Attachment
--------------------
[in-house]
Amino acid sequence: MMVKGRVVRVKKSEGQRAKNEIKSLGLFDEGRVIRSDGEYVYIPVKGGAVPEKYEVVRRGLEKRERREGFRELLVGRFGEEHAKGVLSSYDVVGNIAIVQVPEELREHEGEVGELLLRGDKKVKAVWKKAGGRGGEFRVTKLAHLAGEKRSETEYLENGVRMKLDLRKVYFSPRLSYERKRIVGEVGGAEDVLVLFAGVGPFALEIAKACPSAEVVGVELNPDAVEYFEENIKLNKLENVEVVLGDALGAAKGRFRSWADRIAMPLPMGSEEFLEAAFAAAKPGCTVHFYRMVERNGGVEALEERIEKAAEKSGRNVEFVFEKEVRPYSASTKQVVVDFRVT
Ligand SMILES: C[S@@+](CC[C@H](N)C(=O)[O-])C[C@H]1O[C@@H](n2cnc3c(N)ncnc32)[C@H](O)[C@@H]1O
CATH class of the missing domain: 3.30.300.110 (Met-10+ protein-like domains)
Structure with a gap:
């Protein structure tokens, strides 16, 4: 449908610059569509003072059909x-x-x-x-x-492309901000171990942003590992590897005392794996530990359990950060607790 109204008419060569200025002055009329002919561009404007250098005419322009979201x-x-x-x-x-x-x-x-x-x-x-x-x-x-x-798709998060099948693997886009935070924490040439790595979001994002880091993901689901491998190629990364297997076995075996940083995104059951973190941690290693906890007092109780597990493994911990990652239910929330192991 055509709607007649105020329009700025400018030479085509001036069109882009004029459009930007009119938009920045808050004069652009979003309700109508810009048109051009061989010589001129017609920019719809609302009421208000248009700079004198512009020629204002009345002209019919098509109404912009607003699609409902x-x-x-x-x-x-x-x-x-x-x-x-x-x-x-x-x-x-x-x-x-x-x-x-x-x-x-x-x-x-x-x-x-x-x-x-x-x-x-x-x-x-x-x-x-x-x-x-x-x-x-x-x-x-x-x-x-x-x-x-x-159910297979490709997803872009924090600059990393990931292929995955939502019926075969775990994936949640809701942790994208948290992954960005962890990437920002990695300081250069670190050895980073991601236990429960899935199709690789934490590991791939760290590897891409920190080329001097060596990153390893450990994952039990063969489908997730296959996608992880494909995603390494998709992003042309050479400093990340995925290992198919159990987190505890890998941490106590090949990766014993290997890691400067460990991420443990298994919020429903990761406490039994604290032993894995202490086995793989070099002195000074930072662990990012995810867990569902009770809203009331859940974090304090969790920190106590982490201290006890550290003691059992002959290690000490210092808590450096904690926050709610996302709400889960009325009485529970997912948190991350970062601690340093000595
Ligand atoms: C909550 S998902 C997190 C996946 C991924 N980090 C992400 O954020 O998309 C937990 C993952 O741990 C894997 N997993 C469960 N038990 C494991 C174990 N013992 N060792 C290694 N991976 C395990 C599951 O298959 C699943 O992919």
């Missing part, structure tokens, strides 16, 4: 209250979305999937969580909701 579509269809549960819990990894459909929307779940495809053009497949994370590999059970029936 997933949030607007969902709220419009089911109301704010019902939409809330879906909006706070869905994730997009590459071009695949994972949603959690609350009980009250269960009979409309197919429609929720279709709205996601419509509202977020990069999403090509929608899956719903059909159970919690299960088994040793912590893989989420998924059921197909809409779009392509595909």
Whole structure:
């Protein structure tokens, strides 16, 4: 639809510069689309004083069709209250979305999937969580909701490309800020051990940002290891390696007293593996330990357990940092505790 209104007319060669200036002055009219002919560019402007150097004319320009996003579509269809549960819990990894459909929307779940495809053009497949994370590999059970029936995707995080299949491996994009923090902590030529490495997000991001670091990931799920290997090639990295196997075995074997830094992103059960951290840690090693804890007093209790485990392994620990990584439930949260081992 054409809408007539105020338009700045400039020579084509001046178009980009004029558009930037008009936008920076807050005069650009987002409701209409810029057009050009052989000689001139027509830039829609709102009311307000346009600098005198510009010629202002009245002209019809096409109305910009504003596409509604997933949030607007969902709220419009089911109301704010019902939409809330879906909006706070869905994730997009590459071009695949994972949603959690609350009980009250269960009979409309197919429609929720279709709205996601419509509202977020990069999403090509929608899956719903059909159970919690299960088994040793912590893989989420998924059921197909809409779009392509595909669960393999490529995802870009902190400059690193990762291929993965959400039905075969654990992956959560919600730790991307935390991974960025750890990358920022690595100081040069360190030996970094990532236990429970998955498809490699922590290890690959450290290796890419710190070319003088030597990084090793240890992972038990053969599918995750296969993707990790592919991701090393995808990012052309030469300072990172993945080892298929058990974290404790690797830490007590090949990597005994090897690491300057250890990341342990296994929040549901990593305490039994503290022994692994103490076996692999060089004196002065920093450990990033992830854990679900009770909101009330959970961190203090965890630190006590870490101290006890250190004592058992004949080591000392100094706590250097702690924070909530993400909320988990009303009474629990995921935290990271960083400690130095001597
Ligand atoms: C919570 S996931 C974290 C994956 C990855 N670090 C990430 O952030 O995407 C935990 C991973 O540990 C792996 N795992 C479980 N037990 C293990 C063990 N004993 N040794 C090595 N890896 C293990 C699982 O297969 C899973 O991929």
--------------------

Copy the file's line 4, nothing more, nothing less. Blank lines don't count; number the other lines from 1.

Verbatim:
CATH class of the missing domain: 3.30.300.110 (Met-10+ protein-like domains)